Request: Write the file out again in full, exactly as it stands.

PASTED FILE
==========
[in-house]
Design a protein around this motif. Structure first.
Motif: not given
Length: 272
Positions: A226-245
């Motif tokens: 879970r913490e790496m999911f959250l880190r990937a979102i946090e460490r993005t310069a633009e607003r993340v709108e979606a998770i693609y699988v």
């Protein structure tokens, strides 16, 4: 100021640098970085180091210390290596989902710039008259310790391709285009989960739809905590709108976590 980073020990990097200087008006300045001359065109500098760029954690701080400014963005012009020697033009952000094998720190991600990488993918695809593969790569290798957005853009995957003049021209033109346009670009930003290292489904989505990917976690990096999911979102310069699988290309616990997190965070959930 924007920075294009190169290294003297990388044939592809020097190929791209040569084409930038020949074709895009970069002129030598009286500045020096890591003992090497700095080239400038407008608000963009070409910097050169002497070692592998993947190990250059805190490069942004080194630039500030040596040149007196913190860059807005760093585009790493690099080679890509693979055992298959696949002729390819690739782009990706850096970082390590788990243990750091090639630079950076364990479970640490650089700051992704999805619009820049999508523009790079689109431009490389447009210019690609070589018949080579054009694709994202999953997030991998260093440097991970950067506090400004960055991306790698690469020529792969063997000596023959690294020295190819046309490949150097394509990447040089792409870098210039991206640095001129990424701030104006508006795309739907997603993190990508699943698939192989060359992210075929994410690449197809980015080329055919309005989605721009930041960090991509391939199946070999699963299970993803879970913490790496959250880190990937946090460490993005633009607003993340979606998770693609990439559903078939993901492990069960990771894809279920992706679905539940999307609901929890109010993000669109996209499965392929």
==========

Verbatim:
[in-house]
Design a protein around this motif. Structure first.
Motif: not given
Length: 272
Positions: A226-245
């Motif tokens: 879970r913490e790496m999911f959250l880190r990937a979102i946090e460490r993005t310069a633009e607003r993340v709108e979606a998770i693609y699988v």
């Protein structure tokens, strides 16, 4: 100021640098970085180091210390290596989902710039008259310790391709285009989960739809905590709108976590 980073020990990097200087008006300045001359065109500098760029954690701080400014963005012009020697033009952000094998720190991600990488993918695809593969790569290798957005853009995957003049021209033109346009670009930003290292489904989505990917976690990096999911979102310069699988290309616990997190965070959930 924007920075294009190169290294003297990388044939592809020097190929791209040569084409930038020949074709895009970069002129030598009286500045020096890591003992090497700095080239400038407008608000963009070409910097050169002497070692592998993947190990250059805190490069942004080194630039500030040596040149007196913190860059807005760093585009790493690099080679890509693979055992298959696949002729390819690739782009990706850096970082390590788990243990750091090639630079950076364990479970640490650089700051992704999805619009820049999508523009790079689109431009490389447009210019690609070589018949080579054009694709994202999953997030991998260093440097991970950067506090400004960055991306790698690469020529792969063997000596023959690294020295190819046309490949150097394509990447040089792409870098210039991206640095001129990424701030104006508006795309739907997603993190990508699943698939192989060359992210075929994410690449197809980015080329055919309005989605721009930041960090991509391939199946070999699963299970993803879970913490790496959250880190990937946090460490993005633009607003993340979606998770693609990439559903078939993901492990069960990771894809279920992706679905539940999307609901929890109010993000669109996209499965392929």